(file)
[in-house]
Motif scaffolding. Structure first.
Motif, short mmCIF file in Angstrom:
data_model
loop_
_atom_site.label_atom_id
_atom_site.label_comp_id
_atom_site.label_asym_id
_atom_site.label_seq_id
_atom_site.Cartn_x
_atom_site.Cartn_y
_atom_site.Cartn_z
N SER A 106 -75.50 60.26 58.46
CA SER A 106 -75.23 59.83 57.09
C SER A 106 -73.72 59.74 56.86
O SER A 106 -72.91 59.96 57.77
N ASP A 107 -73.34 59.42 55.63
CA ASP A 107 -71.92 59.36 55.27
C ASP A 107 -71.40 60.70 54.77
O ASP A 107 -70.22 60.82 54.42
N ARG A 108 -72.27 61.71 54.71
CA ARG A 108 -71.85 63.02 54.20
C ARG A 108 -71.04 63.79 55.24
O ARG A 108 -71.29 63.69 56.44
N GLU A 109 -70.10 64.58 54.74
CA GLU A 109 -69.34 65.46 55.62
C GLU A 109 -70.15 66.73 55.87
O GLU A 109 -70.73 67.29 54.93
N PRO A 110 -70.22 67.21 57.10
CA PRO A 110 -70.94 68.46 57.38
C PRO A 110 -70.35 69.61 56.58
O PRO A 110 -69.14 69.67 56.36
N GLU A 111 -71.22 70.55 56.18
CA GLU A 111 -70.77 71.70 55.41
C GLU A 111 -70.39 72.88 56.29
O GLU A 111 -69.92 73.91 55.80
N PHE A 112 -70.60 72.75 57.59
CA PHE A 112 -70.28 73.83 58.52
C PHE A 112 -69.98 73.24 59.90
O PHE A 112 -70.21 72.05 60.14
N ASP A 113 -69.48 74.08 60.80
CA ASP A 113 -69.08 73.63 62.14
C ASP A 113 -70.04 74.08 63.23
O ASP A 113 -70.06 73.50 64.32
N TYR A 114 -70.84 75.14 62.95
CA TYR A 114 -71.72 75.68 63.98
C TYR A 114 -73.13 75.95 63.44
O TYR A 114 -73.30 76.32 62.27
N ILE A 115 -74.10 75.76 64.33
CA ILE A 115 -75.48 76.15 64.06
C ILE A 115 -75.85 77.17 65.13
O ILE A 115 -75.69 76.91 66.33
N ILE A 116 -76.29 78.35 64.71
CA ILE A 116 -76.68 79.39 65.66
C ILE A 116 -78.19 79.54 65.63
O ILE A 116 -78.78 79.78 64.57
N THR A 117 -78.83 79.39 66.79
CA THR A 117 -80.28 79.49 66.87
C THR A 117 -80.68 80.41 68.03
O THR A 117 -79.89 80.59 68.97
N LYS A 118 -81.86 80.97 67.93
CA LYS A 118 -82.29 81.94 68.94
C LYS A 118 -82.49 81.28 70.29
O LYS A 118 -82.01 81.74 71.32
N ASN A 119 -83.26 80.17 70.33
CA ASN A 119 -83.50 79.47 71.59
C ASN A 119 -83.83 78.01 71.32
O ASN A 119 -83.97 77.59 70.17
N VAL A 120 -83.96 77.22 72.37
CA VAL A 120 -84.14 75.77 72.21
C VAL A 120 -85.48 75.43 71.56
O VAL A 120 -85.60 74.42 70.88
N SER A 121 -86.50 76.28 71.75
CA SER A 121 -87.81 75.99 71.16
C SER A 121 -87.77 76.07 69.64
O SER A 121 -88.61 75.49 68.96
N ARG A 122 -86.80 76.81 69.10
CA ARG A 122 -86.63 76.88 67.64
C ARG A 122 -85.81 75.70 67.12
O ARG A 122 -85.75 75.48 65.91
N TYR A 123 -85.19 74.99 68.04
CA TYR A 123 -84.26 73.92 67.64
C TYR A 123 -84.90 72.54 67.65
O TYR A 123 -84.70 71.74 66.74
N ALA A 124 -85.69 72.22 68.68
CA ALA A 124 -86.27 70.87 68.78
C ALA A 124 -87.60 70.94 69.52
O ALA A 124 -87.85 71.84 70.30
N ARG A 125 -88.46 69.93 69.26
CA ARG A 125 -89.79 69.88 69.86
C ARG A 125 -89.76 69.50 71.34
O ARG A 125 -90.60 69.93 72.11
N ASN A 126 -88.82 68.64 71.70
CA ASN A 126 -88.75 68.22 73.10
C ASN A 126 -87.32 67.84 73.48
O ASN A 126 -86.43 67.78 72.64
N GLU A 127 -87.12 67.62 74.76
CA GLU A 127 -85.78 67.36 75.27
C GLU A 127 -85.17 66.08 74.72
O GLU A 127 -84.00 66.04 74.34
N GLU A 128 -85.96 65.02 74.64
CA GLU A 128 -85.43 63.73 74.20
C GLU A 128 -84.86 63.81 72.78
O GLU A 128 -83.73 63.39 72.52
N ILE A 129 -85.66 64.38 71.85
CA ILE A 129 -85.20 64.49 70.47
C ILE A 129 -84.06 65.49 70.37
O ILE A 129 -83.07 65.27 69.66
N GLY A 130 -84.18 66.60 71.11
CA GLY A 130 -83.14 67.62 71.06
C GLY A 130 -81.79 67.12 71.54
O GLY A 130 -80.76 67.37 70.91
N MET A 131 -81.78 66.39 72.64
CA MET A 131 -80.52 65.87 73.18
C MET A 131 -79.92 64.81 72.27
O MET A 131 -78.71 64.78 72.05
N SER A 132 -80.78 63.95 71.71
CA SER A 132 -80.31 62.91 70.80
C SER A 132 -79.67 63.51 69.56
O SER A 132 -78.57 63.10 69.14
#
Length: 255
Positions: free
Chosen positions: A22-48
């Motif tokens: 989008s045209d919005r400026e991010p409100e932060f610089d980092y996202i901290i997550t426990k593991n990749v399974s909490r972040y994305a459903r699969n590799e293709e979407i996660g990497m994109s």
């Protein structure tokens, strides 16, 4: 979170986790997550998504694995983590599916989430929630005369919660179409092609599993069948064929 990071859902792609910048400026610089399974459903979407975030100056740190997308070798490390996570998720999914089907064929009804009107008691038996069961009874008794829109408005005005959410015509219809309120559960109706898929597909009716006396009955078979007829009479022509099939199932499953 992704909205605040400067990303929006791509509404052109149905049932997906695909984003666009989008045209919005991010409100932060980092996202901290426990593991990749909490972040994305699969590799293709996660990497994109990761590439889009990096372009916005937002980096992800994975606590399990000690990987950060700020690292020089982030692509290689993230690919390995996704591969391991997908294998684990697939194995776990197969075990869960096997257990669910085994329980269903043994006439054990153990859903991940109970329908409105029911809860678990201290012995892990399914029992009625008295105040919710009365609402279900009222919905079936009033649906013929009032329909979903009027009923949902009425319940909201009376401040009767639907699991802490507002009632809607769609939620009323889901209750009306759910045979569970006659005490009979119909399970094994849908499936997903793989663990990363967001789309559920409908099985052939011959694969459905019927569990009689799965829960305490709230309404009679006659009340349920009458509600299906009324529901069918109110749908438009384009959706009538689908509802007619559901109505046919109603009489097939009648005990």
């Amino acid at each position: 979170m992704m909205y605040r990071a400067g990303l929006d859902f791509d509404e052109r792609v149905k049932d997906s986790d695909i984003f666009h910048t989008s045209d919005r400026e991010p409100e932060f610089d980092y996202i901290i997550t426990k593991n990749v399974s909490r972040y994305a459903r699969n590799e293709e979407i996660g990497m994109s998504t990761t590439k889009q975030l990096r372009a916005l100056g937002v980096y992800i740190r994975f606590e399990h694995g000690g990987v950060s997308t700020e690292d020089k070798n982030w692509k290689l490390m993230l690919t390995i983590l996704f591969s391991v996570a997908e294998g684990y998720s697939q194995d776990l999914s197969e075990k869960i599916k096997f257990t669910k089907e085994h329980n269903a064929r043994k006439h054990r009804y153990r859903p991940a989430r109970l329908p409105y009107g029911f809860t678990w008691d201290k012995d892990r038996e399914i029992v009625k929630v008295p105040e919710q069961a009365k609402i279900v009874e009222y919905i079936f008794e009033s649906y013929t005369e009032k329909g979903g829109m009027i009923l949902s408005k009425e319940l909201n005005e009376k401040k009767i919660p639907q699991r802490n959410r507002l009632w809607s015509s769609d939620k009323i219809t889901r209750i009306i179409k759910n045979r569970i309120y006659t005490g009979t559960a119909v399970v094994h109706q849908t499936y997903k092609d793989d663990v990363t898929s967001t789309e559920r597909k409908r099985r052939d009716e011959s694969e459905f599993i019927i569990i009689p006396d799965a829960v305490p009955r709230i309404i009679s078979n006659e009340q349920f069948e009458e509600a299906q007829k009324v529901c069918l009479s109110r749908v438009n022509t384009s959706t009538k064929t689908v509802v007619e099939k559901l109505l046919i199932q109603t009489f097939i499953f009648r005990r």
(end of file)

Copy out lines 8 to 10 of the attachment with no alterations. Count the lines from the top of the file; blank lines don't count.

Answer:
_atom_site.label_asym_id
_atom_site.label_seq_id
_atom_site.Cartn_x